Thursday, September 04, 2008

Discussion Leaders' documents, group 1, chapter 2

His 3100, Fall 2008, Discussion Group Assignments: Post a ranked list of 3 documents from ch. 2, Sources and Debates with 1-2 sentences on each explaining what the class should get out of those documents by September 9 (by noon)

I will then draw up a list of 5 documents which the whole class should read and the group will then be responsible for presenting the documents Sept. 11 to the class, ask questions, present context (using: other documents in the chapter and its introduction, Oxford Dictionary of National Biography, Oxford English Dictionary, and textbook), and, if necessary, begin the discussion between themselves.

7 comments:

balkanization said...

test post

balkanization said...

2.5 (from the handout) Act Settling the Crown on Richard III and his Descendants (1484) because Richard III writes about how law was "perverted" under Edward IV, even though Edward was Richard's brother! This trashing of the Yorkist claim to the throne is not going to look good in 1485 when he faces an armed invasion by Henry Tudor (soon to be Henry VII). [There is a Richard III society, but sometimes he is just difficult to make look good.]

2.7 (from the book, but also 2.9 in the handout) Francis Bacon on the Character of Henry VII (1622) because it mentions Henry's pet monkey and animals are cool. Also, the story of the pet monkey, which might be made up, is useful because Henry VII was very suspicious/careful and kept records of good things and bad things that his courtiers did and the monkey tore up his notebook, which made all the courtiers laugh (and probably feel relieved).

2.9 (from the book, but also 2.14 in the handout) John Skelton ("Why Come Ye Not to Court?, 1522) because it is a satirical poem that points out all the power that Cardinal (or Archbishop, he had a number of titles) Wolsey had under Henry VIII. Obviously no one should have more power than the king, but the poem hints that Wolsey's palace had a lot more than the king's. [Henry VIII would later seize Wolsey's palaces and Hampton Court is still a royal palace today, reminding one that power was a difficult game.]

Newton K

Anonymous said...

2.10 (from the handout) The Declaration of "Richard IV" (ca. 1485)

This document is about how "Richard IV" escaped from the Tower of London when he was a child. It also states that Henry VII is a "mortal enemy". Basically it states "Richard IV" or Perkin Warbeck as the heir to the throne.

2.3 (from the book) Richard III's Proclamation against Henry (June 23, 1485)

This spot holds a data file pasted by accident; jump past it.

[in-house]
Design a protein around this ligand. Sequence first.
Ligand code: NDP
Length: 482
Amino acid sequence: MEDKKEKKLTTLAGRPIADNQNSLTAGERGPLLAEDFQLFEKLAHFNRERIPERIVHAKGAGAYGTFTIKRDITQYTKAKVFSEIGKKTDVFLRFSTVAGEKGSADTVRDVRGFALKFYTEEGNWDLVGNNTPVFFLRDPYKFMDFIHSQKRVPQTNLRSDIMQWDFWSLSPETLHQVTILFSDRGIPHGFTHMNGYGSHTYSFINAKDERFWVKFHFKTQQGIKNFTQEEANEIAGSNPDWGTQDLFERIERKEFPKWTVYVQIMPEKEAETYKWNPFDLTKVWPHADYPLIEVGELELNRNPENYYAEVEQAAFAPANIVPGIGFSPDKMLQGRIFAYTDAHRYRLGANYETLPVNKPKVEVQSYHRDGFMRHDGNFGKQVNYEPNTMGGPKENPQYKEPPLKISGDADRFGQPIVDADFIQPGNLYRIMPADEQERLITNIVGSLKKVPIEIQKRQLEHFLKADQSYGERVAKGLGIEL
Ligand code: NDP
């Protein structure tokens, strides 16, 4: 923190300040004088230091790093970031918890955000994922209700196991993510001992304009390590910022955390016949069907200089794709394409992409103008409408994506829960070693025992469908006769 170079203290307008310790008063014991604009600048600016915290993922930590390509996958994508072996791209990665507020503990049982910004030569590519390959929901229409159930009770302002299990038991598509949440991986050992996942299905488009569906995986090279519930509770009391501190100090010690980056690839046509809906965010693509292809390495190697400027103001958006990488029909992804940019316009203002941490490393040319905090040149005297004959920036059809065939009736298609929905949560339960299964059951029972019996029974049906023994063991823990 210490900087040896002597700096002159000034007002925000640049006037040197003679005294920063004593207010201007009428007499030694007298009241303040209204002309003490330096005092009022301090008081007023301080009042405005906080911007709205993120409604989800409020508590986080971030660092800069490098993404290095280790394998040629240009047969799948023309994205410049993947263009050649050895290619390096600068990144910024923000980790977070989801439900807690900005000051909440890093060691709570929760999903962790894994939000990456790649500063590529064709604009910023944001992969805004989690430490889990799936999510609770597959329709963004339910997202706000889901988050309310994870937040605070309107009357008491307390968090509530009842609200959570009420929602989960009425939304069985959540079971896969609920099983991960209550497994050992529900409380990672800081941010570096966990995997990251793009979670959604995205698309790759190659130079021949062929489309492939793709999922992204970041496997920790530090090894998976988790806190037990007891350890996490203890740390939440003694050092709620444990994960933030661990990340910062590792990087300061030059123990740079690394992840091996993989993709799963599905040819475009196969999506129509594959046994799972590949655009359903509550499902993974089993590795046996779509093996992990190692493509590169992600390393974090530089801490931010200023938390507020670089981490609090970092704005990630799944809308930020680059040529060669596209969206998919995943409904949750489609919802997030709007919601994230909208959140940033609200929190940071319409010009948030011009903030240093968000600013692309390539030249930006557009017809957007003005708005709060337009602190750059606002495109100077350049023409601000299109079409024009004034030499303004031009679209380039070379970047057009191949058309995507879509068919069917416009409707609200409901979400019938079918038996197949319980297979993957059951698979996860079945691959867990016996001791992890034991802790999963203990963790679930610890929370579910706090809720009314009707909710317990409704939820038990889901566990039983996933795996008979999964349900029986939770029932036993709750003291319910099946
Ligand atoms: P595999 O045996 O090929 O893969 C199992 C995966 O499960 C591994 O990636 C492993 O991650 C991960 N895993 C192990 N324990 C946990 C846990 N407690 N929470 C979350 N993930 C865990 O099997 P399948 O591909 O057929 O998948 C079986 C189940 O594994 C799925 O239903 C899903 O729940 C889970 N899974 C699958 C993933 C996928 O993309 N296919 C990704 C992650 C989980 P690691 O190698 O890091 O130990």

Richard III is telling the country that Henry has no legitimate claim to the throne of England. Richard is warning the country against Henry and his claim.

2.5 (from the book) Trial and Execution of Perkin Warbeck and Others (November 18-December 4, 1499)

This document is about how the executions of Perkin Warbeck (the man who was said to be "Richard IV") and his followers came to be. More specifically it gives us the details of the Earl of Warwick and Perkin Warbecks deaths.

Kayla D.

Tyler Williams said...

2.2 (handout)
Edward returns from France seeking to settle public unrest over the costly war. He executes criminals for theft and murder - including his servants. To make money, instead of taxing the people, he seizes royal estates and exacts fines on those who have obtained land illegally.

2.4 (book)
Henry explains the various reasons why he should be kind and why Richard should not. He claims Richard and his companions are corrupt murderers who unlawfully deny the Tudor lineal right to the throne. Henry also assures his army victory because Richard is forcing men who are actually loyal to Henry to fight against their will.

2.5 (book)
This document describes the executions of the different pretenders to the thrown. Bodies of the executed are displayed in symbolic fashion.

Anonymous said...

2.4 (from the book) Henry's speech to his army before the battle of bosworth field. King Henry gives his speech to his soldiers and justifies his reasons for going into battle in a religious way.

2.3 ( from the book) Richard III's proclamation against Henry. Richard III claims that Henry's family is full of bastards and questions wether or not the Tudors royalty.

2.5 (from the hand out) it talked about how king edward died and left his 12 year old son as the heir. Edward's brother, Richard then took the crown and declared himself king.

Avis C

Derrick Johnson said...

I chose:

2.4 (from the book)Henry's Speech to his Army before the Battle of Bosworth Field because he is making it seems that he is making an appeal of faith to his followers in reference to his legitimacy and in opposition to the rule of Richard.

2.11 (from the book)Submission of Two Ulster chief's because to have to Irish chieftains submitting to English authority show's the kings ability to consolidate power.

2.10 (from the handout) Richard III's proclamation against Henry, earl of Richmond because unlike Henry who makes appeals to religious convictions, Richard seems to appeal to his followers patriotism by painting Henry and his family as a clan of underhanded backstabbers who have obtained help from England's enemy, France.

Anonymous said...

2.1 book
letters from a wife to her husband. it is interesting to know how much time it takes for mail to get from one person to another in this time period.

2.11 book
deals with two nobles from ireland who are forced to make submissions in order to show loyalty to the king.

2.15 handout
shows that even the clergy was held accountable for their actions.

Dan O.

 

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